I’ve done some work with DTrace and Perl, using my Devel::DTrace::Provider and Andy Armstrong’s Devel::DTrace, but there’s never been a ustack helper: because of the structure of the Perl interpreter, it’s impossible to write one – at least, in the intended manner…
Perl and ustack helpers - the big problem
What we can try though, is to annotate a single C frame with as much of the Perl stack as we can find by chasing pointers from that frame.
This post explains my experiments with that idea. To give the game away early, it doesn’t entirely work, but there are some techniques here that might be useful elsewhere.
A lot of what I’ve done here is based directly on the existing ustack helpers for other languages, specifically V8 and Python.
Dynamically loading the ustack helper
If at all possible, I want the helper to work on an unmodified Perl binary - if the thing works at all, I want to be able to use it like a CPAN-style module rather than having to patch Perl. The first problem is to get the the helper loaded.
Given the way libusdt works, it
seems likely we can load a helper just like a provider, by
ioctl()ing the DOF down to the kernel from a Perl XS
extension. Of course, that’s all DTrace’s DOF-loading
routine does anyway, just we’ll be doing it slightly later on in the
Unfortunately this facility isn’t part of libusdt’s public API yet, but it’s really not that much code, especially if we’re only supporting Illumos-based systems.
Actually building the helper DOF is trivial: compile the script with
dtrace_program_fcompile(), and wrap it in DOF with
Loading the DOF containing the helper program works, and means we can initialise the helper from an extension module, rather needing to patch it into Perl’s build process.
Finding - or rather creating - a frame to annotate
Ideally we need a stack frame which is always found in the interpreter’s C stack, for which we can easily find the address of the function, and where the stack is passed as one of the arguments. There’s no such frame in the standard Perl interpreter, but we can manufacture one. Perl lets us replace the “runops loop” with one of our own, and we can use this to meet all of our requirements.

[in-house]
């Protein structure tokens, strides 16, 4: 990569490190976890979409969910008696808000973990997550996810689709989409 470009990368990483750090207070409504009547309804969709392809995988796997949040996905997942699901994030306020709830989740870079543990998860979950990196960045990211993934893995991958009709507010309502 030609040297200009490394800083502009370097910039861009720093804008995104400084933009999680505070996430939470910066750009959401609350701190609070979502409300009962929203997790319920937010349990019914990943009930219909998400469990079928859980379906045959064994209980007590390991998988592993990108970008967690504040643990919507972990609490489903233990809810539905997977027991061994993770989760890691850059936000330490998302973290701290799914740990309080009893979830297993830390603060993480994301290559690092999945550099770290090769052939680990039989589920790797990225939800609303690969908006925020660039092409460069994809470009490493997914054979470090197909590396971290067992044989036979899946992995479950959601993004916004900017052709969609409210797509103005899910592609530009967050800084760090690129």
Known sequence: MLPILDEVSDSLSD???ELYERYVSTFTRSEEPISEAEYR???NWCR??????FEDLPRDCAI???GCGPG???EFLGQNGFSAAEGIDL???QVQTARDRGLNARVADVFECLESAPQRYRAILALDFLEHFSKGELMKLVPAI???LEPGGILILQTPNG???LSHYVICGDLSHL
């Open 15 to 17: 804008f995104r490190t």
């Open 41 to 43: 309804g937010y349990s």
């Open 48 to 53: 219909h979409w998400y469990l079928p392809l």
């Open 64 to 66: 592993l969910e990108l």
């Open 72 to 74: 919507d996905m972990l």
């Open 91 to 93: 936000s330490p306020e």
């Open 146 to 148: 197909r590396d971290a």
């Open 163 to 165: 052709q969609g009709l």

The runops loop function is the core of the interpreter, responsible for invoking the current “op”, which returns the new current op.
The usual, non-debug, runops loop looks like this (in Perl 5.16.2):
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The top-level loop is always visible during execution, and we can replace the usual function with one of our own, fulfilling our first two requirements.
If we make this loop execute ops through another function, and pass that function a pointer to the Perl stack, we fulfill the final requirement. These functions are dtrace_runops and dtrace_call_op:
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We’ll target the annotation at dtrace_call_op(), and attempt to walk the stack starting from the PERL_CONTEXT pointer we’re given.
Actually installing the alternative runops loop is a standard Perl extension technique, and we just need to make sure it happens early enough that the top-level loop is ours rather than the standard one.
The primary purpose of the ustack helper is to provide a descriptive
string for a frame where there’s no corresponding C symbol - for
JITted code, say. If there is such a symbol, the ustack helper’s
string will be ignored - and in this case, there is,
Fortunately there’s a mechanism for adding annotations to these
frames, and that’s what we’ll use here: a string beginning with an
@ will be used as an annotation. In the Python
it looks like this: